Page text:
Eli Lilly deals another blow to diabetes with latest FDA approval
Published: May 13, 2022
By Alex Keown
Eli Lilly scored another win against diabetes Friday as the company’s once-weekly dual glucose-dependent insulinotropic polypeptide (GIP) and glucagon-like peptide-1 (GLP-1) receptor agonist tirzepatide won approval under Priority Review from the U.S. Food and Drug Administration.
Late Friday afternoon, the FDA approved tirzepatide to improve blood sugar control in adults with type 2 diabetes, as an addition to diet and exercise. The new diabetes treatment will be sold under the brand name Mounjaro. In multiple clinical studies, Mounjaro demonstrated efficacy improving blood sugar and also proved to be more effective than other diabetes therapies in clinical studies, the FDA said.
Patrick Archdeacon, associate director of the Division of Diabetes, Lipid Disorders, and Obesity in the FDA’s Center for Drug Evaluation and Research, called the approval of Mounjaro an “important advance in the treatment of type 2 diabetes” given the challenges many patient face in attempting to achieve target blood sugar goals.
Mounjaro is a first-in-class medicine that activates both the GLP-1 and GIP receptors. That activation leads to improved blood sugar control. Last year, Eli Lilly posted positive data from the Phase III SURPASS-3 trial, which showed that Mounjaro led to greater improvements in liver fat content and abdominal adipose tissue compared to titrated insulin degludec in adults with type 2 diabetes. Those results were based on magnetic resonance imaging (MRI) scans, the company said at the time.
Across multiple clinical trials, many doses of Mounjaro were assessed as either a stand-alone therapy or as an add-on to other diabetes medicines. The efficacy of the dual-acting drug was compared to placebo, a GLP-1 receptor agonist (Novo Nordisk’s semaglutide), as well as two long-acting insulin analogs. Data from the studies showed that treatment with Mounjaro saw a lowering of hemoglobin A (HbA1c) by 1.6% compared to placebo when used as a stand-alone therapy. When used in combination with insulin, the reduction was 1.5%. In head-to-head studies comparing Mounjaro to other diabetes medications, patients who received the maximum recommended dose of Mounjaro lowered their HbA1c by 0.5% more than with semaglutide, 0.9% more than insulin degludec and 1.0% more than insulin glargine, the FDA said.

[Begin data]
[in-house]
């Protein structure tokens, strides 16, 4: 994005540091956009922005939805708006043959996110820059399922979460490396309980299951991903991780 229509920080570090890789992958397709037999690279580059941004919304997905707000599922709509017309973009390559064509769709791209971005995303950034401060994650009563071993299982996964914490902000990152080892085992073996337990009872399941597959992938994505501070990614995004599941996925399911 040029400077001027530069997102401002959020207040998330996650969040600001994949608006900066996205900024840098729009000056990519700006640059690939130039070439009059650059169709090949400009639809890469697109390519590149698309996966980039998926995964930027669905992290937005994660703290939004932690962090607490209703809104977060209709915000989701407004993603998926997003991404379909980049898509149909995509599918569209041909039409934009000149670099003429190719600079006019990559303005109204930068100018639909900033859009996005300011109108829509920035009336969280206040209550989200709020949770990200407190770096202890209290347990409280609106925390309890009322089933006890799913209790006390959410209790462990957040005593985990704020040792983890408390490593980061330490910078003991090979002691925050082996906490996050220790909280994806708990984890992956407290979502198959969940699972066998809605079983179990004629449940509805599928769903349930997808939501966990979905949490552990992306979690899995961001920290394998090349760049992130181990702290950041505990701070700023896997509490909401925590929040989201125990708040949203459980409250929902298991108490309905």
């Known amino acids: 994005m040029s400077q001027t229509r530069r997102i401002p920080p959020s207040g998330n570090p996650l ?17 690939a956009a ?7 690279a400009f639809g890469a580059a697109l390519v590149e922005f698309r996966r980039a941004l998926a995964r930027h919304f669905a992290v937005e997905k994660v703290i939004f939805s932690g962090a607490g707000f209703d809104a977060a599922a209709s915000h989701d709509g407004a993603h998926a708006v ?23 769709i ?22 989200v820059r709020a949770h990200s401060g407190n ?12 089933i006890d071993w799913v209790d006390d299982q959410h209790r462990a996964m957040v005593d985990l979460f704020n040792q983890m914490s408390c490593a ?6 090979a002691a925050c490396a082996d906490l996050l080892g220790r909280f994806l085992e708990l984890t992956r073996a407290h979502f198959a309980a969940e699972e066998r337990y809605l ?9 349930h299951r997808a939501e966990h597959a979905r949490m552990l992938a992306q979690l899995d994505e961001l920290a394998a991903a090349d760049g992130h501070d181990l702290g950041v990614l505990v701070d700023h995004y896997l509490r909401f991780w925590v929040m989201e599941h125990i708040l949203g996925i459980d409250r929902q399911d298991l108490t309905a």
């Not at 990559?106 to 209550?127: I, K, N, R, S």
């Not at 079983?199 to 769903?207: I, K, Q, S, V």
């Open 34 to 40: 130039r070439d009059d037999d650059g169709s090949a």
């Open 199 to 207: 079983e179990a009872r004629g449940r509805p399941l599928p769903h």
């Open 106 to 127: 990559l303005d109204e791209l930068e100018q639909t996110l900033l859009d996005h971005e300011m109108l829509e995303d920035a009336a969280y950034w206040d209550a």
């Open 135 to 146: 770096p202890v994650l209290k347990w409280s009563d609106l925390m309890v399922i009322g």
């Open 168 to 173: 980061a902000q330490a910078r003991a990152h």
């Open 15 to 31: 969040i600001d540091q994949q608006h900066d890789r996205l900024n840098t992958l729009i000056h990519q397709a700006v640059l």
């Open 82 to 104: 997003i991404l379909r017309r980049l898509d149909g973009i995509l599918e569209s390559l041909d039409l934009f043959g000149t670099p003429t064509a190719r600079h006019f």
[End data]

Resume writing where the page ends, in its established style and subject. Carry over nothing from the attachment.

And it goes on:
In addition to lowering of blood sugar, Mounjaro also enabled patients to lower their weight by 15 to 23 pounds. Compared to other diabetes drugs, the FDA said the average weight loss with the maximum recommended dose of Mounjaro was 12 pounds more than semaglutide, 29 pounds more than insulin degludec and 27 pounds more than insulin glargine. When using insulin without Mounjaro, the FDA noted that patients tended to gain weight during clinical studies.
More than 30 million Americans have been diagnosed with type 2 diabetes, a chronic and progressive disease where the body fails to make normal insulin levels, which leads to high levels of glucose in the blood. Although there are numerous treatments for diabetes, many patients fail to achieve the recommended blood sugar goals.
The FDA noted that Mounjaro can cause thyroid C-cell tumors in rats. At this time, it is unknown whether or not the Eli Lilly drug can cause such tumors, including medullary thyroid cancer, in humans.
For Lilly, the approval of Mounjaro comes two days after the FDA gave full approval to its COVID-19 treatment Olumiant, which had previously been greenlit under Emergency Use Authorization. A Janus kinase inhibitor, Olumiant is used to treat hospitalized COVID-19 patients who require supplemental oxygen, extracorporeal membrane oxygen (ECMO), or the use of a ventilator. Olumiant was given full approval based on the Phase-III Adaptive COVID-19 Treatment Trial 2 (ACTT-2) and COV-Barrier clinical trials.